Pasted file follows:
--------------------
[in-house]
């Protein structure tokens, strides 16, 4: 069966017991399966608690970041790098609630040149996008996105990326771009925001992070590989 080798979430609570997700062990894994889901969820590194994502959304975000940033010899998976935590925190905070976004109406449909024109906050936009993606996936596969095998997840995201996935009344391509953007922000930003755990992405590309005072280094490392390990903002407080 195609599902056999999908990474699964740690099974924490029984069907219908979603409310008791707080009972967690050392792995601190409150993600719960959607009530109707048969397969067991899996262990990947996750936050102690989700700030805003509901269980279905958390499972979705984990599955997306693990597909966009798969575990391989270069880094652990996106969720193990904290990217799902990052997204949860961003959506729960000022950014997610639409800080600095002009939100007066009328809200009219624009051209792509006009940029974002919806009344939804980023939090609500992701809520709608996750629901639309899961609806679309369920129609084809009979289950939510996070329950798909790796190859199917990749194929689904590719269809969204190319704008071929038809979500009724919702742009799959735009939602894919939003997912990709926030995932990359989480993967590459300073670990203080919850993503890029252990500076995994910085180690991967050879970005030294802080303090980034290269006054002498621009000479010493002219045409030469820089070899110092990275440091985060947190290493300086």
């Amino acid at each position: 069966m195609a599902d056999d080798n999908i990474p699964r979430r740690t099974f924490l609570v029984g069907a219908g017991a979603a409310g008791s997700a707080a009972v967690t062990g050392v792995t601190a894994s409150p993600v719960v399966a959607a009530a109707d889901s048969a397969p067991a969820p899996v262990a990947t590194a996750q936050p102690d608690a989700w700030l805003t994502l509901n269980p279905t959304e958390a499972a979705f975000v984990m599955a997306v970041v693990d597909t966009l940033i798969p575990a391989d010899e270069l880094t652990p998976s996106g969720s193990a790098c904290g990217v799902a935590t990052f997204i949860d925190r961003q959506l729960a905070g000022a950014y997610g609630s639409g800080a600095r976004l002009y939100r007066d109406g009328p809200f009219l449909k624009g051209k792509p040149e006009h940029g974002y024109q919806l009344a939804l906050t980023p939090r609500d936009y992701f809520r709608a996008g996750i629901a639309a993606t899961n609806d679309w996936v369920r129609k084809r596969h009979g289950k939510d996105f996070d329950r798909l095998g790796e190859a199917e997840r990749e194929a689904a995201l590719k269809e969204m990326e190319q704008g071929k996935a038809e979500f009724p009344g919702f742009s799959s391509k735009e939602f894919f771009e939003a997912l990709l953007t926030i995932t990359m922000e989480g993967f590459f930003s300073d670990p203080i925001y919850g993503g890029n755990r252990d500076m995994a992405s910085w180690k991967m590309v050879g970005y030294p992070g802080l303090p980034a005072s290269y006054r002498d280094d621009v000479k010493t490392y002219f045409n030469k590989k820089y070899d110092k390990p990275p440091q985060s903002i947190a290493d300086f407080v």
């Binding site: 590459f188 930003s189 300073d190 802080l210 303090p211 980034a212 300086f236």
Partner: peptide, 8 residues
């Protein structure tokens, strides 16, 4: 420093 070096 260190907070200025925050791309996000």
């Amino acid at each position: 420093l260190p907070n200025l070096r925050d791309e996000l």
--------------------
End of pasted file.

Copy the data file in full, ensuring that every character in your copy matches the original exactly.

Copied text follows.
[in-house]
């Protein structure tokens, strides 16, 4: 069966017991399966608690970041790098609630040149996008996105990326771009925001992070590989 080798979430609570997700062990894994889901969820590194994502959304975000940033010899998976935590925190905070976004109406449909024109906050936009993606996936596969095998997840995201996935009344391509953007922000930003755990992405590309005072280094490392390990903002407080 195609599902056999999908990474699964740690099974924490029984069907219908979603409310008791707080009972967690050392792995601190409150993600719960959607009530109707048969397969067991899996262990990947996750936050102690989700700030805003509901269980279905958390499972979705984990599955997306693990597909966009798969575990391989270069880094652990996106969720193990904290990217799902990052997204949860961003959506729960000022950014997610639409800080600095002009939100007066009328809200009219624009051209792509006009940029974002919806009344939804980023939090609500992701809520709608996750629901639309899961609806679309369920129609084809009979289950939510996070329950798909790796190859199917990749194929689904590719269809969204190319704008071929038809979500009724919702742009799959735009939602894919939003997912990709926030995932990359989480993967590459300073670990203080919850993503890029252990500076995994910085180690991967050879970005030294802080303090980034290269006054002498621009000479010493002219045409030469820089070899110092990275440091985060947190290493300086």
């Amino acid at each position: 069966m195609a599902d056999d080798n999908i990474p699964r979430r740690t099974f924490l609570v029984g069907a219908g017991a979603a409310g008791s997700a707080a009972v967690t062990g050392v792995t601190a894994s409150p993600v719960v399966a959607a009530a109707d889901s048969a397969p067991a969820p899996v262990a990947t590194a996750q936050p102690d608690a989700w700030l805003t994502l509901n269980p279905t959304e958390a499972a979705f975000v984990m599955a997306v970041v693990d597909t966009l940033i798969p575990a391989d010899e270069l880094t652990p998976s996106g969720s193990a790098c904290g990217v799902a935590t990052f997204i949860d925190r961003q959506l729960a905070g000022a950014y997610g609630s639409g800080a600095r976004l002009y939100r007066d109406g009328p809200f009219l449909k624009g051209k792509p040149e006009h940029g974002y024109q919806l009344a939804l906050t980023p939090r609500d936009y992701f809520r709608a996008g996750i629901a639309a993606t899961n609806d679309w996936v369920r129609k084809r596969h009979g289950k939510d996105f996070d329950r798909l095998g790796e190859a199917e997840r990749e194929a689904a995201l590719k269809e969204m990326e190319q704008g071929k996935a038809e979500f009724p009344g919702f742009s799959s391509k735009e939602f894919f771009e939003a997912l990709l953007t926030i995932t990359m922000e989480g993967f590459f930003s300073d670990p203080i925001y919850g993503g890029n755990r252990d500076m995994a992405s910085w180690k991967m590309v050879g970005y030294p992070g802080l303090p980034a005072s290269y006054r002498d280094d621009v000479k010493t490392y002219f045409n030469k590989k820089y070899d110092k390990p990275p440091q985060s903002i947190a290493d300086f407080v």
């Binding site: 590459f188 930003s189 300073d190 802080l210 303090p211 980034a212 300086f236």
Partner: peptide, 8 residues
């Protein structure tokens, strides 16, 4: 420093 070096 260190907070200025925050791309996000």
């Amino acid at each position: 420093l260190p907070n200025l070096r925050d791309e996000l």